She never remarried, devoting her energies and passions to her company and her daughter, whom she married off to a charming, penniless count. Keeping her adored but goofy son-in-law as far from the business as possible, she built the young couple an extravagant chateau, where the family hosted parties and hunts that were the talk of France. One amusing story has it that the count, a wannabe writer, self-published a volume of pornographic fables — the entire inventory of which the widow secretly purchased to keep them out of circulation. Happily unaware of who his real customer was, the count had the book reprinted every time his gambling debts piled up.

The Iconic Yellow Label

After our wine-making and history lessons from Corinne, we repaired for lunch to the Hôtel du Marc, a classical mansion built by Madame Clicquot in 1840, whose tug-of-war history reflects that of the surrounding region. Seized by every occupying force from the Prussians in 1870 to the Germans in World War Two, the mansion wears some battle scars on the outside, but the interior has been restored to its original beauty and luxury.

Here we met an eloquent and artistically cravated man, the Président Directeur Général of Clicquot, and enjoyed a leisurely meal in which each course was accompanied by a different bottle from the cellars. While I was initially surprised to be drinking Champagne with lamb and green beans, by the time we got to the berry cup with Clicquot Rosé, I was a giddy convert.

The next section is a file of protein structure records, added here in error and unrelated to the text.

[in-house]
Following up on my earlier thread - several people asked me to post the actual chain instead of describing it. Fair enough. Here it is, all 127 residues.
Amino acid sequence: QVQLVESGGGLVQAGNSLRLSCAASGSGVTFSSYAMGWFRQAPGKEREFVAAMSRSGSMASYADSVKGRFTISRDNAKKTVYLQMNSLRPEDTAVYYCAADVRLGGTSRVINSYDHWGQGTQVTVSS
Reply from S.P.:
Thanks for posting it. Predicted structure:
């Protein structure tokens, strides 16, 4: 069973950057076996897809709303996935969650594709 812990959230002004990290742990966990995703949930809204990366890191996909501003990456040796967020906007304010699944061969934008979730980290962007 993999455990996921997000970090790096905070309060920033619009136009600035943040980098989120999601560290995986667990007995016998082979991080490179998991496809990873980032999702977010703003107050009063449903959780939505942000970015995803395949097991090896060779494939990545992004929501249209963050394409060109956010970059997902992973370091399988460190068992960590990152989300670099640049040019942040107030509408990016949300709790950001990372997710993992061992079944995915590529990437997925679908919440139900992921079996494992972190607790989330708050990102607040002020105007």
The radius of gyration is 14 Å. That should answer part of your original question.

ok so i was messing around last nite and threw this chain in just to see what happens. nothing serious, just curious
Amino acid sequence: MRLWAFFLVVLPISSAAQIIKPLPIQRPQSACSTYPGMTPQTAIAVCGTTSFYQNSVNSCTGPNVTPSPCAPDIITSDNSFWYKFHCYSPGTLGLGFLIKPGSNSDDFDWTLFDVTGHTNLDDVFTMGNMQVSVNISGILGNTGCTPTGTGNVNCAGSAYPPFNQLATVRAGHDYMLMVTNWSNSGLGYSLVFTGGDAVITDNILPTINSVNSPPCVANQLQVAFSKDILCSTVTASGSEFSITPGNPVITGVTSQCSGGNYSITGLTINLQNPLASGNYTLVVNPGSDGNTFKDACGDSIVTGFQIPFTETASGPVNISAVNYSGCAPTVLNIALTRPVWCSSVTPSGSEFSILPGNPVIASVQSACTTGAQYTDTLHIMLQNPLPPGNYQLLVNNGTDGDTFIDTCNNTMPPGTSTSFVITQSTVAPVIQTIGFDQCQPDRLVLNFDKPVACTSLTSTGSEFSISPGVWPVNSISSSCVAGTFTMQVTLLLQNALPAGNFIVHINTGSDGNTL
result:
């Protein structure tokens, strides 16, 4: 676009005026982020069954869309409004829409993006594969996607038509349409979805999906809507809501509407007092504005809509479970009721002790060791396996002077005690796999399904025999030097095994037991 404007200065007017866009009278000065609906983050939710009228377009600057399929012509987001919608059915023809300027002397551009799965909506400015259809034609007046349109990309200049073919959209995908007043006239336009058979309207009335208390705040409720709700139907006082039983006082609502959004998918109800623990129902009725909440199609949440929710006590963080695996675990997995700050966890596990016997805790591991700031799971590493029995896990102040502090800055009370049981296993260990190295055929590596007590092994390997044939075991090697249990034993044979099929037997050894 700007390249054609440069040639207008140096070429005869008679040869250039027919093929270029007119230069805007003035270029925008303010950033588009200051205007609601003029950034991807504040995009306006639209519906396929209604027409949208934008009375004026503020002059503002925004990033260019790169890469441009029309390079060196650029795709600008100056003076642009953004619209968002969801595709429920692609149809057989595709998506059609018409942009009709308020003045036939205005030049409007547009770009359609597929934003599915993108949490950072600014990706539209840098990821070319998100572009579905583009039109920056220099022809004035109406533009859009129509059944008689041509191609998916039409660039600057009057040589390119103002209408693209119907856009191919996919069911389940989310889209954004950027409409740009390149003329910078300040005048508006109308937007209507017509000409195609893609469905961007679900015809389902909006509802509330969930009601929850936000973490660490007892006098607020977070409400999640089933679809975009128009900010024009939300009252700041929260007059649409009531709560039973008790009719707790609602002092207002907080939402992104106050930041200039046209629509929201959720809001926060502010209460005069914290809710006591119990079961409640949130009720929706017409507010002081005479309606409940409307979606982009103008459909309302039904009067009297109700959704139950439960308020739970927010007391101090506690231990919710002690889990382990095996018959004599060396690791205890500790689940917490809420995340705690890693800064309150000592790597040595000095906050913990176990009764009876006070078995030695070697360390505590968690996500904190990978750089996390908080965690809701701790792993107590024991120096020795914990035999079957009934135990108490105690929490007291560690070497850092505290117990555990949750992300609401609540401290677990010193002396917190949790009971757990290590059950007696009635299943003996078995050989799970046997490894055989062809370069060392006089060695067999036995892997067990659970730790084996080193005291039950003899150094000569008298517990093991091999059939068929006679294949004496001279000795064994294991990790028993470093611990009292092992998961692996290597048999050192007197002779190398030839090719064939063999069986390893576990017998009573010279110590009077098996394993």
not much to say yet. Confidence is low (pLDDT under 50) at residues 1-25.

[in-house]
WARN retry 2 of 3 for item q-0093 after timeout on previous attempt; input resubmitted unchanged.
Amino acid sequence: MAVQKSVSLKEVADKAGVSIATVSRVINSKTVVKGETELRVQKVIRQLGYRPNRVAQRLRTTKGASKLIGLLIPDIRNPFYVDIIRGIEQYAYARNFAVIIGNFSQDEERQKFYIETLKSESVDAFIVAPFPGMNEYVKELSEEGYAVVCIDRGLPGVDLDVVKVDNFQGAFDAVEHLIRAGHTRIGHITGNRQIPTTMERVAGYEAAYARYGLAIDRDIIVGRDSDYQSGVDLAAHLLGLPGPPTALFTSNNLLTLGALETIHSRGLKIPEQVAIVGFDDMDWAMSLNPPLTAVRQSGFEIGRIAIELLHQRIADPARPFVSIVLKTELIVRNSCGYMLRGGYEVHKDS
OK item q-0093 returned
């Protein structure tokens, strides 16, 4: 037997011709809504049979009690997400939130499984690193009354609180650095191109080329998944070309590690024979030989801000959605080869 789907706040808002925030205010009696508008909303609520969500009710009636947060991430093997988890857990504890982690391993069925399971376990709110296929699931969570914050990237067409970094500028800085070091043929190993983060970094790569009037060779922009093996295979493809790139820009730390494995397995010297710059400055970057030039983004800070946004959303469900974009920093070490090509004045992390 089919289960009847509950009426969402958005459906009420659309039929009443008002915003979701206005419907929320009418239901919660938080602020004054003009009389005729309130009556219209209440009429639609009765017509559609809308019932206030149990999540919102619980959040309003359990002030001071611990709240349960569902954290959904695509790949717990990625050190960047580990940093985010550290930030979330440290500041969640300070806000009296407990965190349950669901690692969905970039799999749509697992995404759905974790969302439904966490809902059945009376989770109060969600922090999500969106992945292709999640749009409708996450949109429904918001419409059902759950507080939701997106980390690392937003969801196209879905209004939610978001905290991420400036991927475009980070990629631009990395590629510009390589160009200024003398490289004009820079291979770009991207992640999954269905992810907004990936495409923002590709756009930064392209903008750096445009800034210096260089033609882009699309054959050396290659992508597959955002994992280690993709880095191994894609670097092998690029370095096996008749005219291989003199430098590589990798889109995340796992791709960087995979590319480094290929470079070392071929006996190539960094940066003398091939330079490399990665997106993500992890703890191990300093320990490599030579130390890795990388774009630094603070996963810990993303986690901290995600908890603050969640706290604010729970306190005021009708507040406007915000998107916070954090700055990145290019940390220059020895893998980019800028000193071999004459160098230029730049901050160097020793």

She wanted to match the color of the egg yolk of a corn-fed hen from Bresse.

“So what’s the deal with the color orange?” I asked the president, referring to the distinctive shade on the Clicquot label that seemed to be not just a logo element, but a fetish. It was the shade of Corinne’s cloak, and of her umbrella, as well as the defining element of a whole book of artwork and creations titled “Clique Clicquot,” which we thumbed through while waiting in the salon.

“Actually, it’s not orange,” he explained. “It’s yellow.”

What is wrong with these people, I was thinking, for I’d been similarly corrected several times already. Whatever they say, it’s NOT YELLOW. It’s orange. But as I was about to learn, there is a linguistic root to the problem.

“The color was chosen by Madame Clicquot herself,” he continued. “She wanted to match the color of the egg yolk of a corn-fed hen from Bresse, a color full of life, the earth and the sun. The word for yolk in French is ‘jaune,’ which also means yellow. So you see, to us, the color is ‘jaune.’ And every year we are involved in about 40 lawsuits to protect our use of it. It is part of the mystique of the brand.”

Not long ago, the company, now owned by the French luxury goods company, Louis Vuitton Moët Hennessy, celebrated the 140th year of the iconic yellow label that the widow chose so that it would stand out from every other champagne maker—one of the first examples of brand marketing. But for me, when I look at the bottle, I’m always drawn to that small portrait of the older woman sitting on top, peering out from the empire she built.

Read More: Meet the Master Distiller of Hendrick’s Gin Who Revolutionized Your Cocktails


A version of this article was originally published in May 2017. 

By Marion Winik